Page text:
Baldies' Blog began originally in the UK by a 26 year old journalist with a blood cancer on a mission to inform the world about bone marrow donation.
He has since died, and I took on the cause of making cancer care more transparent for everybody.
Cancer is a disease that will touch everybody through diagnosis or affiliation: 1 in 2 men will be diagnosed and 1 in 3 woman will hear those words, "You Have Cancer."
I invite you to read how I feel along my journey and
how I am continuing to live a full life alongside my Hodgkin's lymphoma, with me controlling my cancer, not my cancer controlling me.
I hope that "Baldies' Blog" will prepare you to handle whatever life sends you, but especially if it's the message, "You Have Cancer."
Friday, October 10, 2008
I’m up again, bright and early. The same morning routine pulled me out of bed, but I’m handling it better today. Today I get discharged! Yes, that is my reward for coming through my transplant without serious side effects. I get to take myself over to the Best Western on Longwood. I’ll be staying there for about another two weeks, until the point of engraftment. This is the point where I can stop taking my neupogen (which promotes cell growth), and my donors immune system has taken over mine.
Until then, if you’re in bean town, you know where to find me. There are some rules. My room is clean. I need to protect myself. Do not come visit if you are sick, think you may be getting sick, or have been exposed to someone who is sick. You must wash or purrell your hands on entering, and wear a mask. That’s the price you have to pay to visit. What’s a little sacrifice for me?
On a deep, theoretical level, I’m a little bit confused. Do I still have an identical twin? I ablated my own immune system years ago, and now I’m beating down Heather’s for someone new. We’re not going to have the same genetic code.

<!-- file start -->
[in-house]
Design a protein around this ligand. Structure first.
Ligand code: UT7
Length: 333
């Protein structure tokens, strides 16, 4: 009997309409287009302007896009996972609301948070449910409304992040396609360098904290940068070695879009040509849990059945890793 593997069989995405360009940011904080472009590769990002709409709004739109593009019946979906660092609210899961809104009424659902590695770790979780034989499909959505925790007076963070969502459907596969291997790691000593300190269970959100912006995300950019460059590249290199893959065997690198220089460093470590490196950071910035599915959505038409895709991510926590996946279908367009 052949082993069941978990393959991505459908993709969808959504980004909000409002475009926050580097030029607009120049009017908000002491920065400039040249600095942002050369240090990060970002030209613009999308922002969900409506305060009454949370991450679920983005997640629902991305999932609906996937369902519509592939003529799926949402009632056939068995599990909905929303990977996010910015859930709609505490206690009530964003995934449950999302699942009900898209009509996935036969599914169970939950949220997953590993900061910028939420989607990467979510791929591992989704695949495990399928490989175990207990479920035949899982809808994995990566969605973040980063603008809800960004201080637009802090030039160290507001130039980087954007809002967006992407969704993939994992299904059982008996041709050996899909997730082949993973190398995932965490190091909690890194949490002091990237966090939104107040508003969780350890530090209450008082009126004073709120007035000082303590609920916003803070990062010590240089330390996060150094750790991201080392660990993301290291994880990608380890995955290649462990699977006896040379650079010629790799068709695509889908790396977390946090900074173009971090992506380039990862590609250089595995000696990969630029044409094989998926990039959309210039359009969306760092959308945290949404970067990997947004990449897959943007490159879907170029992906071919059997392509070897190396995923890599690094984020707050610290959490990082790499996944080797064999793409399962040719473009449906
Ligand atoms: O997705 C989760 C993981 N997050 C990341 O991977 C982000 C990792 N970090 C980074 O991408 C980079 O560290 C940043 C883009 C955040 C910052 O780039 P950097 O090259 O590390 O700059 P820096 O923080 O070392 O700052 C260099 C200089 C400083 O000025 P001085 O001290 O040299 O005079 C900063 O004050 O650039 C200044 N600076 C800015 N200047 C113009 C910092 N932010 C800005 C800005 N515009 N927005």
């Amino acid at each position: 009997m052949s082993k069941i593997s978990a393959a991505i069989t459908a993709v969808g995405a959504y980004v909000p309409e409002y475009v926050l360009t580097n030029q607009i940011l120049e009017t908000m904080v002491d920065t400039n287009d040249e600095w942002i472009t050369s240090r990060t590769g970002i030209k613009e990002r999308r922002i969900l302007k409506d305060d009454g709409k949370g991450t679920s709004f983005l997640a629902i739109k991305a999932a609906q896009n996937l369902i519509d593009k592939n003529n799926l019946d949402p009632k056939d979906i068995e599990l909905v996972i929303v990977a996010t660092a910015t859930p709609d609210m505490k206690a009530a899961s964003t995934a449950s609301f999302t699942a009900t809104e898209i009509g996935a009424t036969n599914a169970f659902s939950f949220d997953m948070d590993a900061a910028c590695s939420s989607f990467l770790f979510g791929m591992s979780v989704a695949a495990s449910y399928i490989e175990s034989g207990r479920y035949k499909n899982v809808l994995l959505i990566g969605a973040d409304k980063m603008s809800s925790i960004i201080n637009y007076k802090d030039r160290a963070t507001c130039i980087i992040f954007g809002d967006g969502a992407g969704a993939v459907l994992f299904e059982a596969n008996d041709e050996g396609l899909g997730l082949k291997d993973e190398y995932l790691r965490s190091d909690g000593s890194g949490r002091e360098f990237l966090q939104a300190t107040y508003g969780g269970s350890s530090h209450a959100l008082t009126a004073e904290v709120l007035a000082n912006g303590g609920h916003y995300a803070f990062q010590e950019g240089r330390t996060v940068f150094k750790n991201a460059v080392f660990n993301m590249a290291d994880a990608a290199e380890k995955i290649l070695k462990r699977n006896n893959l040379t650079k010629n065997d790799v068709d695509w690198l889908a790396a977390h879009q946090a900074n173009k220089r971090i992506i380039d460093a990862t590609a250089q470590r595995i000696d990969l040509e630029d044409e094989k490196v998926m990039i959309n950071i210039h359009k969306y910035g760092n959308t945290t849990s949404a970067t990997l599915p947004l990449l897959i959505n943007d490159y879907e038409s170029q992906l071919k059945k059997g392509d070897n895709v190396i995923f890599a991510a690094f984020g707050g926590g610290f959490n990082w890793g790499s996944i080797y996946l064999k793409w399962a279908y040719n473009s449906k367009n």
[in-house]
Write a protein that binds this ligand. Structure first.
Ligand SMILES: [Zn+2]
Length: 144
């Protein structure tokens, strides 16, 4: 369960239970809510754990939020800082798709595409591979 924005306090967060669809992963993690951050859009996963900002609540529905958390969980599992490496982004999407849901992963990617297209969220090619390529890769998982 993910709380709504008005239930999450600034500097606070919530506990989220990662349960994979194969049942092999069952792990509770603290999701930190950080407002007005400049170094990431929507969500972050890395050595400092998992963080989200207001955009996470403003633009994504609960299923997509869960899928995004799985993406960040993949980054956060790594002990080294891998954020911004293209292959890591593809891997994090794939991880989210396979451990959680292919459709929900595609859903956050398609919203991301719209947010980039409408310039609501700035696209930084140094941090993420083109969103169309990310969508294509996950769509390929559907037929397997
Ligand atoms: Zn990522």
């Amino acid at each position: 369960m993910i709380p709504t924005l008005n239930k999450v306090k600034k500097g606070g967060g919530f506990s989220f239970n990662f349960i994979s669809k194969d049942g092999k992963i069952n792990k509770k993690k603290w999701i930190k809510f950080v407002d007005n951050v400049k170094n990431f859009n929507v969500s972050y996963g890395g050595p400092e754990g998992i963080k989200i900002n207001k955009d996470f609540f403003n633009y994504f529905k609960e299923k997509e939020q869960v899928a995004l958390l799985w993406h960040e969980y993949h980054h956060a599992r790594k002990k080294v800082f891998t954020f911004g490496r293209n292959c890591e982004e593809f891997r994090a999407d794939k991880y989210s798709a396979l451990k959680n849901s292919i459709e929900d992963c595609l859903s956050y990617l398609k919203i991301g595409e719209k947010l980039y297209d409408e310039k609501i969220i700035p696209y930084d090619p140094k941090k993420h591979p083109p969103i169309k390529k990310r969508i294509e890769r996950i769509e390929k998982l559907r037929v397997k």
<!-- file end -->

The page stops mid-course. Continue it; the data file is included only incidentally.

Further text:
What exactly does this make us to each other? Either way, she’s still my girl for life, and hopefully, the “unfortunate” traits in the cellular memory of her marrow are now out of my system.
I think we all wish, at some point, that the someone in our life could undergo this process and get their undesirable traits out of their system, that we could somehow re-infuse in them characteristics we knew and loved.
That person gets to be me. So, no more feisty outbursts. It’s out of my system. I’m pretty sure I’ll keep my general weaknesses. If you don’t know what those are, I’m not telling.
So, like I learned in school, discharge teaching does really start on the day of admission here. On day one, I told the PA all my at-home meds that needed refilling and she wrote scripts. Those scripts have been filled and are with me now. I received more yesterday to be filled today prior to my discharge.
This erases a lot of anxiety in the transition process. I have everything I could get here, and if anything happens, I am just down the street.
What am I watching out for exactly?
Fevers, over 100.5, those will get me readmitted. Uncontrolled nausea, inability to eat or drink in sufficient amounts, vomiting or diarrhea are all worth a phone call to the doctor. Beyond that, anything out of the ordinary, I tend to err on the side of caution. I’ve come this far, I wouldn’t want my fear of looking like a paranoid idiot get in the way of my health.
Life is good so far today. Remember that as you go about your life. Thanks for all the support and love.